Tuesday, November 29

With his new post, Kerry McCormack becomes the first out LGBTQ+ individual to hold Cleveland’s #2 legislative post

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With the sea change of leadership that is about to hit Cleveland as the new mayoral and council administration takes office, a number of LGBTQ+ leaders will find themselves not only sitting at the table, but also holding positions of great influence. 

Phyllis Harris, executive director of the LGBT Community Center of Greater Cleveland, was named co-chair of Mayor Elect Bibb’s transition team. Lawyer and community advocate Rebecca Maurer defeated a 16-year incumbent to win a seat on Cleveland City Council for Ward 12, becoming the first out LGBTQ+ woman elected to the council in the city’s history. 

And not only did Ward 3’s Kerry McCormack win his reelection, but he was thought by many to be in line to take over the gavel as City Council President. Instead, it was announced this week that McCormack would be assuming the role of majority leader of the legislative body, the first out LGBTQ+ individual known to hold that title.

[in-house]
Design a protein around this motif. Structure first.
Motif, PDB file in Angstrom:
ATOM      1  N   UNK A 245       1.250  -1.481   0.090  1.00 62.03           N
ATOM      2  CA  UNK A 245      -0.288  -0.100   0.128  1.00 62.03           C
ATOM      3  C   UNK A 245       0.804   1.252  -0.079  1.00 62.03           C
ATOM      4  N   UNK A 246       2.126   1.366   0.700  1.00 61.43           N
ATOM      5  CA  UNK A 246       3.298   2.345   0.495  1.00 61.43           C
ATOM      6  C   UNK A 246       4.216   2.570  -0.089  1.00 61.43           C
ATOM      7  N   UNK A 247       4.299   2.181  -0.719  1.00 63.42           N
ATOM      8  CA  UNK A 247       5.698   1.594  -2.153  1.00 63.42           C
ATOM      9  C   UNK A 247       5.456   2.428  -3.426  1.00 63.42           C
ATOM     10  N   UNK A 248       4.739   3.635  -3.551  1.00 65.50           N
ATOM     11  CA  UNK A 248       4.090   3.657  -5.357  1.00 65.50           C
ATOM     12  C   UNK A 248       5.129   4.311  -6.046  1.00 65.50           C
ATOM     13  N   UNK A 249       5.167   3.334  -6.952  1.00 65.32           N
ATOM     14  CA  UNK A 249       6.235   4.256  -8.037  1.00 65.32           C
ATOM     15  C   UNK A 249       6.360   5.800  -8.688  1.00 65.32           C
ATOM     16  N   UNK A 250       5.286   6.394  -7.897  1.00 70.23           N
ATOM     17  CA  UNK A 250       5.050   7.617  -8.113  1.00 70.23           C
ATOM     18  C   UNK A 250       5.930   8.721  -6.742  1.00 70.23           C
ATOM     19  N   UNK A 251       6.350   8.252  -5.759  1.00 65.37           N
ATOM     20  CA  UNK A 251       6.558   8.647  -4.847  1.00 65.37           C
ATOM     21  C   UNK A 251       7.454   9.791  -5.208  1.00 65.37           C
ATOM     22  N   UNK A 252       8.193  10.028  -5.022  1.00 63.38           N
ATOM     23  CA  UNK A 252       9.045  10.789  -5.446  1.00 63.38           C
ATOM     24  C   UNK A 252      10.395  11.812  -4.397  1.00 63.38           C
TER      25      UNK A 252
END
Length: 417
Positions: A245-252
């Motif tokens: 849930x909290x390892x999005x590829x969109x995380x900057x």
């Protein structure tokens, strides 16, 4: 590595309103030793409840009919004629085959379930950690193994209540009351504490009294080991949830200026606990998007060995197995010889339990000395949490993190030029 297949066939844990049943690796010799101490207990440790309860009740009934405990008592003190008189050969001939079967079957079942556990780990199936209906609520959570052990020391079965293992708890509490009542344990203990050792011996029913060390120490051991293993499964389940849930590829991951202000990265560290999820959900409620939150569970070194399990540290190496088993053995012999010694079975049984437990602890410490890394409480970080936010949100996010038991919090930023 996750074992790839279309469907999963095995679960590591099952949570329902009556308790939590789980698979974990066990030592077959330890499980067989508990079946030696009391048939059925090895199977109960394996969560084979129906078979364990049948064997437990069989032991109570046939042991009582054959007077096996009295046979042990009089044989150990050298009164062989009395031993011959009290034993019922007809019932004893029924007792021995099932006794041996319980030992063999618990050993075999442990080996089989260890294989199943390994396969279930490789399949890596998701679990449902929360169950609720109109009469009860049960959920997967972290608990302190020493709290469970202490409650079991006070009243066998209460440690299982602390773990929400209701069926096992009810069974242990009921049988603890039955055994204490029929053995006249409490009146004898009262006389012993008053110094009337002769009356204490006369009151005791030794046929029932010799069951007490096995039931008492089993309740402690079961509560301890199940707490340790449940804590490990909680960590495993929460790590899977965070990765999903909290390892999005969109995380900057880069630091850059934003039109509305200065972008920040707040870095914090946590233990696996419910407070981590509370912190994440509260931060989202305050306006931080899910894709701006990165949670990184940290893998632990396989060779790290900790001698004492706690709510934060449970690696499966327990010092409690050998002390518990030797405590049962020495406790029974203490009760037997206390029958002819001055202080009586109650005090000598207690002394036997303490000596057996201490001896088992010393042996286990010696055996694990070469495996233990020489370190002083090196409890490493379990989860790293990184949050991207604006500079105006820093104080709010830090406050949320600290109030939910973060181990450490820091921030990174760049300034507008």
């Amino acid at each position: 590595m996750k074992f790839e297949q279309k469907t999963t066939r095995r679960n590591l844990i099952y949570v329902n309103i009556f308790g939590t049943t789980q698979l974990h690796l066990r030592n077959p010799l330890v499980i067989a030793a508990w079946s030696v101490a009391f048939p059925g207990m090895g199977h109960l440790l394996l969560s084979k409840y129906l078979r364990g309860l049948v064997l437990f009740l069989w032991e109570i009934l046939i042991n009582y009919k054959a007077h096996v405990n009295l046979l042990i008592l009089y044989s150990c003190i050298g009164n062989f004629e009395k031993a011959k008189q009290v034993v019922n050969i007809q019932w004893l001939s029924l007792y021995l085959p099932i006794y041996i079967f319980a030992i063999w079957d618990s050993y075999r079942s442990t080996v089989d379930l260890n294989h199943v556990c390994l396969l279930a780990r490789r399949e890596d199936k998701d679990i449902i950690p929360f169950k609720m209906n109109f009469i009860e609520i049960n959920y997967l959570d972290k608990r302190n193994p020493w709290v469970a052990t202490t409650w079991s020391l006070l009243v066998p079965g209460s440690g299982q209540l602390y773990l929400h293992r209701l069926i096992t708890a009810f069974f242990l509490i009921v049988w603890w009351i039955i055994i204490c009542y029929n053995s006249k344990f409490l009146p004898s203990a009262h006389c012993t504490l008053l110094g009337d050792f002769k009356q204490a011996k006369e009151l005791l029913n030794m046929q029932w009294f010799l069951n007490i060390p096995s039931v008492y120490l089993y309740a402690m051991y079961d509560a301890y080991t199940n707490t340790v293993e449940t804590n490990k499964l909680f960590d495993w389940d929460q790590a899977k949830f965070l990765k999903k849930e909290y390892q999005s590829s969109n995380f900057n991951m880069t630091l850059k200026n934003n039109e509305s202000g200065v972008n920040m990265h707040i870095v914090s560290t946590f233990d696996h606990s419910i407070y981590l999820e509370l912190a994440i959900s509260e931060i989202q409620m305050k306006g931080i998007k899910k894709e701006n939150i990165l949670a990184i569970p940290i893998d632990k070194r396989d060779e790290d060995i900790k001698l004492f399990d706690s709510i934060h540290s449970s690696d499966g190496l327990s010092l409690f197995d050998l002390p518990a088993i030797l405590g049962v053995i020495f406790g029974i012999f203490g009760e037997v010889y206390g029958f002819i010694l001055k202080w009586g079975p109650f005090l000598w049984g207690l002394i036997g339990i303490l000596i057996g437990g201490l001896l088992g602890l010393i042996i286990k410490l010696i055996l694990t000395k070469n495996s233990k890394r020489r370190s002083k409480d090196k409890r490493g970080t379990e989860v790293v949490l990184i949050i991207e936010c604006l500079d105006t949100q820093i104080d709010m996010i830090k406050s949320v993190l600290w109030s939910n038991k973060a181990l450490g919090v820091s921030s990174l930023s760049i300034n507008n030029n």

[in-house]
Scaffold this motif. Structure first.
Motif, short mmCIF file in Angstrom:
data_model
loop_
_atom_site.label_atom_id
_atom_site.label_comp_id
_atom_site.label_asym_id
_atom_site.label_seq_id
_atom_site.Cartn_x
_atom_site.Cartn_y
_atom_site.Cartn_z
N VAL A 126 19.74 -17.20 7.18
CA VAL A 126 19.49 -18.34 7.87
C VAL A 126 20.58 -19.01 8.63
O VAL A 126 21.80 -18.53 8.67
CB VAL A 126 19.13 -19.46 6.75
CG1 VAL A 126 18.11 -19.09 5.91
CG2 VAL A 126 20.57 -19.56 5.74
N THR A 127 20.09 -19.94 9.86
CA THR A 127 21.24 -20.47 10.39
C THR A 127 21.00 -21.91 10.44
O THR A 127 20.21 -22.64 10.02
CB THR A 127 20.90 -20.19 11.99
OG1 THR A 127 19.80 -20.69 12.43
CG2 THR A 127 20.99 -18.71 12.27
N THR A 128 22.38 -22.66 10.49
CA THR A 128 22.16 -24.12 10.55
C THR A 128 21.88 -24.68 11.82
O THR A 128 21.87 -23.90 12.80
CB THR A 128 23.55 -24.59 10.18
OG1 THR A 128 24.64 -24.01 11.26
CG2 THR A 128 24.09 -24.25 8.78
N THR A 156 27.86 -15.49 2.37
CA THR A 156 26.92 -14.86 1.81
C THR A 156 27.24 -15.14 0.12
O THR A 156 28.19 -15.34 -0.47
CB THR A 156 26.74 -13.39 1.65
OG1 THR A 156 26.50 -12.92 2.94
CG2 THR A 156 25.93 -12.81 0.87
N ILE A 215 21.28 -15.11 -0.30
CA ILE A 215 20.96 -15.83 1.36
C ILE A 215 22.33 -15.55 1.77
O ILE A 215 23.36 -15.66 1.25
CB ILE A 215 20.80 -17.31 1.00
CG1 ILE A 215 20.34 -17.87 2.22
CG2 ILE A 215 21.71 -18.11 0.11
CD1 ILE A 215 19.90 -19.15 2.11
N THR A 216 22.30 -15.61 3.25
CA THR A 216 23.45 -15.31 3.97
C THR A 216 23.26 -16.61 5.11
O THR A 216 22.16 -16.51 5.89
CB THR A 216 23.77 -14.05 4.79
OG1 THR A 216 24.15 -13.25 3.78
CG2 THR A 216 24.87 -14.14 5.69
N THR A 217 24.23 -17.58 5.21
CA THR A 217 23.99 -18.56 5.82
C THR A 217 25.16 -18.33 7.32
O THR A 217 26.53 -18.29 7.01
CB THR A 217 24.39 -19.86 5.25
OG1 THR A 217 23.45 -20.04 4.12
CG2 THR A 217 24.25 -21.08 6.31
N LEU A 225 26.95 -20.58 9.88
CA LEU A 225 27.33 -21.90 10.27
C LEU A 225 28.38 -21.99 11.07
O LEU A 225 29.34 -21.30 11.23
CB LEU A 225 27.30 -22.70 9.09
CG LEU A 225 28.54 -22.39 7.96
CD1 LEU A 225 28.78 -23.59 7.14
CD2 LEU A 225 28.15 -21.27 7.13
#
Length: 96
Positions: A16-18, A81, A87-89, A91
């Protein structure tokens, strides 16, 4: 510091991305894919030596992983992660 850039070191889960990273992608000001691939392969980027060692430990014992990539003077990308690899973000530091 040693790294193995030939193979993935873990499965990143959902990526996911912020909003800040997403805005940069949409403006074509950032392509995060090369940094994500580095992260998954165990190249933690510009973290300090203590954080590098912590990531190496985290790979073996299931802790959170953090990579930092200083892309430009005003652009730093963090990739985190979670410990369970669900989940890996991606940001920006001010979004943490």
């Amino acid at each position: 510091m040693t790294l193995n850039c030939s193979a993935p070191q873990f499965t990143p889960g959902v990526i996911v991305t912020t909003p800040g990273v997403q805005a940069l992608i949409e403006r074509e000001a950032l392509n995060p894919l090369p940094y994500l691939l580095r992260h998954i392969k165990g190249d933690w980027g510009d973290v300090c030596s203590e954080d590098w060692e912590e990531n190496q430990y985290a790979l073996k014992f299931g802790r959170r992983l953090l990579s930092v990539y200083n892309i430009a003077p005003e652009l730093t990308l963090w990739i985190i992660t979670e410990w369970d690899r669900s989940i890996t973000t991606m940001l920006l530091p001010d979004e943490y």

We spoke with McCormack about what this new title means, how City Council can make the city safer for all of its LGBTQ+ citizenry, and what responsibility Cleveland has to role-model inclusivity to the rest of the state.

First, congratulations on your reelection. 
Thank you very much! I appreciate that. 

Exciting times here in Cleveland, no?
I was born and raised in the city of Cleveland and I don’t remember the last time that the community had the level of hope for change as we do now. 

And how excited are we to have Rebecca Maurer, our first out LGBTQ+ woman on City Council?
Isn’t that awesome? It is very cool. I met with Rebecca a week or two ago. She is a hard working, really smart person, so I think she will be a great addition to council. 

A gathering of out LGBTQ+ public officials: (l to r) Dan O’Malley (Lakewood City Council President),, Kerry McCormack (Cleveland City Council), Nickie Antonio (Ohio State Senator), Justin Gould (University Heights City Council) (facebook/Kerry4Cleveland)

Many in Cleveland thought you would be our first out LGBTQ+ City Council President. Why do we not now have our first out LGBTQ+ City Council President?